Inasmuch as the second guaranteed torque T2 is set to a value not smaller than the lower limit value Ta by the processing in steps S102, S203 (see FIG. 6), the second guaranteed torque T2 is prevented from becoming an extremely small value, allowing at least a minimum force to be generated to press the metal belt 42.

Even if the second guaranteed torque T2 is smaller than the first guaranteed torque T1, when the motor vehicle is not in the stable running state judged by steps S4 through S10 or in the in-gear idling state judged by steps S16 through S18, the torque determining process in step S14 or S23 is not executed, but the processing in step S12 or S21 is performed instead. In step S12 or S21, since the pressing force calculation reference torque T0 is directly set to the first guaranteed torque T1 through the buffer Tx, the metal belt 42 is reliably pressed against slippage on the drive and driven pulleys 40, 44.

Although a certain preferred embodiment of the present invention has been shown and described in detail, it should be understood that various changes and modifications may be made therein without departing from the scope of the appended claims.

Patent Citations
Cited PatentFiling datePublication dateApplicantTitle
US5445577 *Apr 14, 1993Aug 29, 1995Mitsubishi Jidosha Kogyo Kabushiki KaishaMethod and apparatus for speed change control of an automatic transmission
US5569114Mar 29, 1994Oct 29, 1996Honda Giken Kogyo Kabushiki KaishaPulley thrust pressure control apparatus for belt-type continuously variable transmission
US5665029 *Aug 22, 1996Sep 9, 1997Hitachi, Ltd.Method and an apparatus for controlling a car equipped with an automatic transmission having a lockup clutch
US5667457 *Jan 19, 1995Sep 16, 1997Mazda Motor CorporationHydraulic control system of automatic transmission
US6459798 *Jun 15, 2001Oct 1, 2002Phone-Or Ltd.Sound-collecting device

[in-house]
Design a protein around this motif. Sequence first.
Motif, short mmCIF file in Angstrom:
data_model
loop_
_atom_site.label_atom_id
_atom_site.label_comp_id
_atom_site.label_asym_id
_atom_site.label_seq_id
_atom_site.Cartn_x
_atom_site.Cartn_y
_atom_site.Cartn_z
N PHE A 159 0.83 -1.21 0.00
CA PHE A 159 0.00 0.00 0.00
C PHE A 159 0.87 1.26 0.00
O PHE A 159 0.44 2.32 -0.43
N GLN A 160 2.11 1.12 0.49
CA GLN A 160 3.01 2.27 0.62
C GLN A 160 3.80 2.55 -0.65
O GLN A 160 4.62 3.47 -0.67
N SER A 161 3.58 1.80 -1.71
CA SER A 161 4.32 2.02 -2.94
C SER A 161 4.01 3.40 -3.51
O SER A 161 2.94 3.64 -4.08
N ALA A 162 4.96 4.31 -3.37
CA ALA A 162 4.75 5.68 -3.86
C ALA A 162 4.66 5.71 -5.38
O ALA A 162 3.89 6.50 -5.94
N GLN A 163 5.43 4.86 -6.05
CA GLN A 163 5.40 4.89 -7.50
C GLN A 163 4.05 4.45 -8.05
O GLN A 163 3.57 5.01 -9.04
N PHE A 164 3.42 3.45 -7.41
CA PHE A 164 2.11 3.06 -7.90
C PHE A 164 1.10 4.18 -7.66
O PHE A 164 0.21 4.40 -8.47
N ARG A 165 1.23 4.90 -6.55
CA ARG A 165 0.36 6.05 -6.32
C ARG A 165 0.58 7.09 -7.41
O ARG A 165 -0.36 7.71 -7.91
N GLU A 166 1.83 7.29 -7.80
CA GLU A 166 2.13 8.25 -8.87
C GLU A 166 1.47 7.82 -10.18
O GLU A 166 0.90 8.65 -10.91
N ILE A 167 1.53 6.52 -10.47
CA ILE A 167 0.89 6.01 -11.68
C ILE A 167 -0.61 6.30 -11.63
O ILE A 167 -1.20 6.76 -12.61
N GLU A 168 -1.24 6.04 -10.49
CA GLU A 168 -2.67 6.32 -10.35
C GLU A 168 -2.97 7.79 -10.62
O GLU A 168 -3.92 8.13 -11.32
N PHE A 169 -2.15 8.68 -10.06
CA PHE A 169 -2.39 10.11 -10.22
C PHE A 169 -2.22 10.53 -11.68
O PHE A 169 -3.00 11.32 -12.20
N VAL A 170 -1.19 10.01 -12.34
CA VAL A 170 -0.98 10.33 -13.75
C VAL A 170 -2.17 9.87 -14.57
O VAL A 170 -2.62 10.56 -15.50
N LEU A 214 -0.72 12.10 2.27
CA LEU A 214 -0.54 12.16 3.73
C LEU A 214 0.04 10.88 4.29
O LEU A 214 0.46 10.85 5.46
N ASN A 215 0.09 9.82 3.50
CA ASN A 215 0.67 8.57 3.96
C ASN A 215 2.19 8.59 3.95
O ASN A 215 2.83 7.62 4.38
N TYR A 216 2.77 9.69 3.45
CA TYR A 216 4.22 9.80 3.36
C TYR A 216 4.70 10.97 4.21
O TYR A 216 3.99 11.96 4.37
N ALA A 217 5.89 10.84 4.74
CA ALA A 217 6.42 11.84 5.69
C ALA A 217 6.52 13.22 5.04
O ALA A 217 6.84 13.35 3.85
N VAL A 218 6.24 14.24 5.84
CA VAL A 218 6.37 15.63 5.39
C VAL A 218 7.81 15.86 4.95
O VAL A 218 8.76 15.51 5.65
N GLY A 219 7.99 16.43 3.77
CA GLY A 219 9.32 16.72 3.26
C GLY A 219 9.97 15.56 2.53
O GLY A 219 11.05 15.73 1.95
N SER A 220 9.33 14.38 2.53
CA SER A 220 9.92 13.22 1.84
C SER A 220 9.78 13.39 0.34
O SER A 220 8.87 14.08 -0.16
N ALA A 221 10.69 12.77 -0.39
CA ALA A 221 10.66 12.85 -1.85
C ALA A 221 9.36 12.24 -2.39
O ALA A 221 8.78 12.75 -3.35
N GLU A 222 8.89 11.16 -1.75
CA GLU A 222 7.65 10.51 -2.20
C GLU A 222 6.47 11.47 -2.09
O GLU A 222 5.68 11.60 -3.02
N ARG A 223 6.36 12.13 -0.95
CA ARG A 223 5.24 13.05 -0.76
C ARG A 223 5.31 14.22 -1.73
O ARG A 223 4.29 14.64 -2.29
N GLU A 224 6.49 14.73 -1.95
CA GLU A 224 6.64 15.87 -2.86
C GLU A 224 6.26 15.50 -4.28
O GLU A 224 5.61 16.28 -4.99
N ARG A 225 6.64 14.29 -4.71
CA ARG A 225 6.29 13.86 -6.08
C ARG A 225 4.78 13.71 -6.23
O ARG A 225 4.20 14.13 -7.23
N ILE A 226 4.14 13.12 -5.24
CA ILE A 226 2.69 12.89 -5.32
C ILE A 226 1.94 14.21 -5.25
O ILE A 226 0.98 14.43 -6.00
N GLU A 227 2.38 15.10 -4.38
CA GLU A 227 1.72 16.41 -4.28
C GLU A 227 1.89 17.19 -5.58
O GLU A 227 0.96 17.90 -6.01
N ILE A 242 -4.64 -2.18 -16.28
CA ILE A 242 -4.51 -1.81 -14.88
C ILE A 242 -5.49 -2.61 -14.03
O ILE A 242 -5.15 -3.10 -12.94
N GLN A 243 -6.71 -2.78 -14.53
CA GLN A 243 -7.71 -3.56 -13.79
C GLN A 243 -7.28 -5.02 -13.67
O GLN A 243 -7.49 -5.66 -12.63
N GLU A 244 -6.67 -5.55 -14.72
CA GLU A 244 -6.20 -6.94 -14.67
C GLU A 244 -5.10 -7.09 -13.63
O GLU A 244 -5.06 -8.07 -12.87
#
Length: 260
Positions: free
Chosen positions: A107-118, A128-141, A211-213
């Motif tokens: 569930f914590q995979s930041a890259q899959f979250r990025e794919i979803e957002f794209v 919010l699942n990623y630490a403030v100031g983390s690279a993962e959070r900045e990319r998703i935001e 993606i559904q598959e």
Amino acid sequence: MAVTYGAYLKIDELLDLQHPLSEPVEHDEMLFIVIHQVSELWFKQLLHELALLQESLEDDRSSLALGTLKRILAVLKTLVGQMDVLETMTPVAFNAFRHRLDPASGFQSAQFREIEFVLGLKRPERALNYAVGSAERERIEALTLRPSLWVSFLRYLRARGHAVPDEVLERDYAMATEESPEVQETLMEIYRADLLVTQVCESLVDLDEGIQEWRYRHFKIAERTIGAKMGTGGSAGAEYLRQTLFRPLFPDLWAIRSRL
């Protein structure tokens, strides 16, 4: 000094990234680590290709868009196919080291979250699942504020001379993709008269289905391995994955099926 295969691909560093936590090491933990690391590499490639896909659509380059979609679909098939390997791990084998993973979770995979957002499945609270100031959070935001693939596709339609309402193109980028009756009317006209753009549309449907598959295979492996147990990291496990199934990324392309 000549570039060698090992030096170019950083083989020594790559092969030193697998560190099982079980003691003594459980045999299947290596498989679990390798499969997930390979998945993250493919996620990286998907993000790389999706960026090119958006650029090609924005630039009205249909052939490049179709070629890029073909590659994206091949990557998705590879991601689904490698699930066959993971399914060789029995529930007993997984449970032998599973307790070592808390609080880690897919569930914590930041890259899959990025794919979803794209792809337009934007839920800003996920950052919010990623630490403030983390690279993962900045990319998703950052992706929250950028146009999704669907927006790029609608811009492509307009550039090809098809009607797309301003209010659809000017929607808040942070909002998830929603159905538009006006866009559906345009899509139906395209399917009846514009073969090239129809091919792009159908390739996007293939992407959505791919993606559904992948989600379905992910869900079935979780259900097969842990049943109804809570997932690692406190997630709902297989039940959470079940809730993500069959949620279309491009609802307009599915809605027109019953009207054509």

US6767309 *Jun 12, 2002Jul 27, 2004Honda Giken Kogyo Kabushiki KaishaAutomatic transmission control system
US6859709 *Dec 4, 2002Feb 22, 2005Nissan Motor Co., Ltd.Enhanced ratio control to establish CVT ratio with excellent precision
EP1113198A2Dec 27, 2000Jul 4, 2001Honda Giken Kogyo Kabushiki KaishaRoad gradient detecting device and starter clutch controlling device
JP2001182760A Title not available
JPH06288448A Title not available
Referenced by
Citing PatentFiling datePublication dateApplicantTitle
US8180540 *Sep 29, 2009May 15, 2012Cnh America LlcContinuously variable transmission
US9403535 *Jul 19, 2013Aug 2, 2016Nissan Motor Co., Ltd.Vehicle control device and vehicle control method
US20100082207 *Sep 29, 2009Apr 1, 2010Morselli RiccardoContinuously variable transmission
US20150217772 *Jul 19, 2013Aug 6, 2015Nissan Motor Co., Ltd.Vehicle control device and vehicle control method
Classifications
U.S. Classification701/51, 477/45, 701/54
International ClassificationF16H59/56, F16H59/68, F16H59/44, F16H59/14, F16H59/54, F16H61/66, G06F19/00, F16H9/00, F16H61/02, F16H61/662, F16H61/00
Cooperative ClassificationY10T477/624, F16H61/66272, Y10T477/619
European ClassificationF16H61/662K
Legal Events
DateCodeEventDescription
Oct 8, 2004ASAssignment
Owner name: HONDA MOTOR CO., LTD., JAPAN
Free format text: ASSIGNMENT OF ASSIGNORS INTEREST;ASSIGNORS:YAMAGUCHI, MASAAKI;KATSUTA, KEISUKE;REEL/FRAME:015882/0974
Effective date: 20040721
May 6, 2009FPAYFee payment
Year of fee payment: 4
Mar 8, 2013FPAYFee payment
Year of fee payment: 8
May 25, 2017FPAYFee payment
Year of fee payment: 12